Handloom Pure Silk Kanjivaram Sari from Tamil Nadu with Wide Brocaded Border
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Kanjivaram Saree - The Six-Yard Elegant Beauty

Hindu mythology is the place where the foundations of Kanjivaram sarees can be discovered. The Markanda Silk Weavers, who have been fabled to have woven costumes for the Divine beings themselves, are believed to be the forefathers of the Kanjivaram Silk Weavers. This magnificent pattern has a heritage that dates back more than four centuries. The Kanjivaram saree, which is acknowledged as being among the most exquisite in the rest of the world, takes its name from the hamlet of its origin, Kanchipuram. Another term for this gorgeous fabric is Kanchipuram. Kanjeevaram, as its name implies, can be considered the South Indian counterpart of Banarasi silk sarees. The exquisite color scheme and hefty fabric are used to manufacture these captivating sarees. The Devangas and Saligars, the two main textile ethnicities, are believed to have immigrated from Andhra Pradesh and established in the hamlet of Kanchipuram. Utilizing their weaving abilities, they began developing intricate designs of the characters they observed on the shrines encircling the village on the mesmerizing Kanjivaram silk sarees. The Pallu and the margins of Kanjivaram silk sarees are spun independently prior to coming together, which really is among its most distinctive traits. The pitni is yet another moniker for the random pattern that links the two components. This type of sarees pallu generally has a significantly unique pattern and hue from the body. One of the toughest and also most durable fabrics are recognized to be the Kanjeevaram fabric. The saree is much more durable because it is made of three Silk strands braided with silver wiring. A Kanjivaram saree weighs approximately between one and two kg. Kanjivaram sarees are excellent for just about any celebration or festivity owing to their beautiful tinge of gold.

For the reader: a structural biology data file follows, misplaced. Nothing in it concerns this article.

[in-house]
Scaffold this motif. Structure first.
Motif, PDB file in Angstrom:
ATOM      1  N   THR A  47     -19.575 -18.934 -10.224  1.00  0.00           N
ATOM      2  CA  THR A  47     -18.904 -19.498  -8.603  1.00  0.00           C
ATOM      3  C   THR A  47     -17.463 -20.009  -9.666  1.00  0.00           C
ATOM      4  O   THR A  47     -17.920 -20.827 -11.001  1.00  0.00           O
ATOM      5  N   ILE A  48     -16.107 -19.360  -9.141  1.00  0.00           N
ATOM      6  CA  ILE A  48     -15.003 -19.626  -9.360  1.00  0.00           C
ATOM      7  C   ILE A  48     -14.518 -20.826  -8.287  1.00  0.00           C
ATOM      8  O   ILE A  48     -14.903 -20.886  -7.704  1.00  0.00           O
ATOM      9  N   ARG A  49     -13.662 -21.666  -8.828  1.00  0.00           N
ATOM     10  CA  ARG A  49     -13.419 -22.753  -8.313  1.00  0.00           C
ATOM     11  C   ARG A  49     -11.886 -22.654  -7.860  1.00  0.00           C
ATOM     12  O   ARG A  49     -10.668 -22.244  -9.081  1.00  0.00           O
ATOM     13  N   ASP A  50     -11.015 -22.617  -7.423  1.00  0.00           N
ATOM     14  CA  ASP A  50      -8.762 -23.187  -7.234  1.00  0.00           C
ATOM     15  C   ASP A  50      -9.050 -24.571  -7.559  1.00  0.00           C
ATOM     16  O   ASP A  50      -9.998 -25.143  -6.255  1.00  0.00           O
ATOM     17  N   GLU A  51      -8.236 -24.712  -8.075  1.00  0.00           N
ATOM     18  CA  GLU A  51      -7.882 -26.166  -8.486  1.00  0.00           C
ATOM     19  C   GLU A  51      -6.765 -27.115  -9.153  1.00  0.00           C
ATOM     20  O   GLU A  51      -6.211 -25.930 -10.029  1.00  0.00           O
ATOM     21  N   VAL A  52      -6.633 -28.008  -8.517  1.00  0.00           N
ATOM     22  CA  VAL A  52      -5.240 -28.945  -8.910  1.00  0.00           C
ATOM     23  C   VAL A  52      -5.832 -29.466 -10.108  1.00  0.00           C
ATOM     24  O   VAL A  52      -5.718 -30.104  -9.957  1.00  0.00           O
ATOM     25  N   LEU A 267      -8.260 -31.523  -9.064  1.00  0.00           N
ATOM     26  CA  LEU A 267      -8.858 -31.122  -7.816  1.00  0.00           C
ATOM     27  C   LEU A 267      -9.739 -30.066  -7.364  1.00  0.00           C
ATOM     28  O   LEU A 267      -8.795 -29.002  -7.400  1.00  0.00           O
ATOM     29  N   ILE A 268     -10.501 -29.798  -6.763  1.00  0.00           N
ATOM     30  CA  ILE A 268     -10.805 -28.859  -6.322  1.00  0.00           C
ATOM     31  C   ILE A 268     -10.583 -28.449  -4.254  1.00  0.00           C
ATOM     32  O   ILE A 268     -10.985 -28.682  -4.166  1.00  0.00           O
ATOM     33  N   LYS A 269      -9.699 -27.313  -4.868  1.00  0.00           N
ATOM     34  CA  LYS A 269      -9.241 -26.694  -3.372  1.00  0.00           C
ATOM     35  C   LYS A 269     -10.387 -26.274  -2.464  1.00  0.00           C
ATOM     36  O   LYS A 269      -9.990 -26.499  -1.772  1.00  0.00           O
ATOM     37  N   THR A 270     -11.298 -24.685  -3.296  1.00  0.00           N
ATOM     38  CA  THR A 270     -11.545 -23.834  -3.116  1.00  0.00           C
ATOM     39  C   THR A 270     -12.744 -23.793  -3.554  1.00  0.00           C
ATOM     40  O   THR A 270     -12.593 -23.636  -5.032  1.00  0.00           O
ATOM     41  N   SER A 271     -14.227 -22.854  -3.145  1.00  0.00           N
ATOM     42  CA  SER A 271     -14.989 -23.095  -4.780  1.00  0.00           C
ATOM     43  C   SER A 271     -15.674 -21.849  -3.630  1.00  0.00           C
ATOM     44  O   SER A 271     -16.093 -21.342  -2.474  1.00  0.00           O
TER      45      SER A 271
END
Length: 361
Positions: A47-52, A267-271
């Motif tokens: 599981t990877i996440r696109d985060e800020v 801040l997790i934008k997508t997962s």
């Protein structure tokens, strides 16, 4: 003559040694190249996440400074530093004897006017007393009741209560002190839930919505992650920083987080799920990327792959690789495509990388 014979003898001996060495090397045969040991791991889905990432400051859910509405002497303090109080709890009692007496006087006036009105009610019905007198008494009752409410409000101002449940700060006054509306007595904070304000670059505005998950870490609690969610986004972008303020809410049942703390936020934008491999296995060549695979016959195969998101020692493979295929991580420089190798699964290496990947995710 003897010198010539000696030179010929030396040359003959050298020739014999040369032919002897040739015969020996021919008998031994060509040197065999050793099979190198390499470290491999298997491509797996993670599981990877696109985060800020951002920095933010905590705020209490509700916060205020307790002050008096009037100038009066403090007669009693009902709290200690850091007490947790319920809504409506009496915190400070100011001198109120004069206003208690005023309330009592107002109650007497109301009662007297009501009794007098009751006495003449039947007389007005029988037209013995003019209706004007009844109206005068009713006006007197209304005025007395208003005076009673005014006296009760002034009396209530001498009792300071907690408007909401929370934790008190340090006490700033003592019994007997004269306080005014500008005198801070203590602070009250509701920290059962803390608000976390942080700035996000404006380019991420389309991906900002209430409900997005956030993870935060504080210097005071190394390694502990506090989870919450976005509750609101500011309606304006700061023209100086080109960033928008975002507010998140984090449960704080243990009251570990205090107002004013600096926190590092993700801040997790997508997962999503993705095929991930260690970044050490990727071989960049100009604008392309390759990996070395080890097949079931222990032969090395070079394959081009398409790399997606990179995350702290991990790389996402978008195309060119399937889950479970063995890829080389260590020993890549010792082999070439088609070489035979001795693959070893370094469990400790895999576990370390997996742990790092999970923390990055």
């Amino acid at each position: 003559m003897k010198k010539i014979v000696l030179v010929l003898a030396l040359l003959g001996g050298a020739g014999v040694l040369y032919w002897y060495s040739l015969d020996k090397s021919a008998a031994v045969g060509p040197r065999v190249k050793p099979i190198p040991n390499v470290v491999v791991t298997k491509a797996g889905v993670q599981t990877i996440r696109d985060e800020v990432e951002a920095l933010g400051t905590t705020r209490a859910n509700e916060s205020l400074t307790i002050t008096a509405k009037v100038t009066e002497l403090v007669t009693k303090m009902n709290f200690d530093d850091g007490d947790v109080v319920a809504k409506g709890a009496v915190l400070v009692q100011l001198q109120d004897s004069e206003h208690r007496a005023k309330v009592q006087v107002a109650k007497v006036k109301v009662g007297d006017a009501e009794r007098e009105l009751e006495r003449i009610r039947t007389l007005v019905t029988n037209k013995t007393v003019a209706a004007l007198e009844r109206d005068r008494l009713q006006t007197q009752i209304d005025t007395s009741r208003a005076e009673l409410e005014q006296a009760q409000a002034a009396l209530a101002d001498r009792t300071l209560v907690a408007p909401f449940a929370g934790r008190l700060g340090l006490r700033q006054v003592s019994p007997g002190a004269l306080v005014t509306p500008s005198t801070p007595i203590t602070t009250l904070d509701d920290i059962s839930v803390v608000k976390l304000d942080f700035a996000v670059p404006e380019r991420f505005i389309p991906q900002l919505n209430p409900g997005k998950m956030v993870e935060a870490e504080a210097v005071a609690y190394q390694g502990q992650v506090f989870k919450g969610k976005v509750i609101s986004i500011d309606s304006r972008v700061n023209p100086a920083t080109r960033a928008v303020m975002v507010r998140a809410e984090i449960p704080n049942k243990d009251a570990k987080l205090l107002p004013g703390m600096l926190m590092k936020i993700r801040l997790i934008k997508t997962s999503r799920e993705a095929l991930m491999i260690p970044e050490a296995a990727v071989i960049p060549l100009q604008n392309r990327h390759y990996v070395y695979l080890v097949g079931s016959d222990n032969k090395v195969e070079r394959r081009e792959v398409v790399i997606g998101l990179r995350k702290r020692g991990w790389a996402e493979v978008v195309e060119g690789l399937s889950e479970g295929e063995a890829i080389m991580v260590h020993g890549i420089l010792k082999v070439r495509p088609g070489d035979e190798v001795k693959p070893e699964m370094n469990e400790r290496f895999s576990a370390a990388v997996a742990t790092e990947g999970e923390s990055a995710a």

The Kanjivaram Saree is distinguished by its utilization of two to three warps that are colored in various hues and thus are interwoven together using the most precise interlocking procedure, in opposition to the majority of Indian textile styles, which also are weaved with a solitary warp. The Korvai weave is the title of the technique utilized locally. Each Saree is turned into a masterpiece thanks to this procedure, which permits the color play that distinguishes this style. The border won't even come off even when the saree rips because of how tightly the joint is knitted. This differentiates Kanjivaram weaving. They are available in a broad range of hues and tints, in addition to the traditional crimson and golds, featuring vibrant purple, sophisticated mauves, mellow peach, and refreshing tangerines. 

Traditional Kanjivaram saree motifs including temple margins, stripes, streaks, and floral patterns were inspired by South Indian religious imagery and texts, or by natural elements like foliage, birds, and creatures. Because of the intricate nature of the workmanship, the hues, designs, and materials used, such as Zari, they are accessible in what seems like a wide variety. The Indian government recognized the Kanchipuram silk sarees as a Geographical Indication in 2006 in order to retain their grandeur. A Silk Mark, akin to the hallmark placed on authentic diamonds, can be discovered on them to identify their legitimacy. 


Q1. What is the Kanjivaram saree known for?

The queen of silks, the Kanjivaram saree, is composed of shimmering weaves that merge contemporary and heritage.

Q2. Why are Kanjivaram sarees costly?

The fact that this sari demands professional workmanship, the utilization of vibrant silk, and a diversity of qualities makes it more costly than the majority of varieties of sarees.

Traditionally crafted with patterns and designs, Kanjivaram Saris are a combination of silky soft comfort from South India with the brocade of zari (gold thread) from Gujarat. The alluring Kanjivaram saris have their roots deep seated in the Kanchipuram district of Tamil Nadu, which has been mentioned in the Hindu mythology on numerous occasions. As per mythological stories, Kanchipuram silk weavers are the believed to be descendants of the Sage Markanda who’s otherwise known as the weaver for the Gods. It states that the Sage had crafted tissue for the Gods from fibers obtained from lotus flower.

It is said that Kanjivaram sarees are crafted out of Silk because it is considered to be the valued by Lord Vishnu, just as cotton is for Lord Shiva. Woven from pure mulberry silk, Kanjivaram silk are loved and aspired across the country.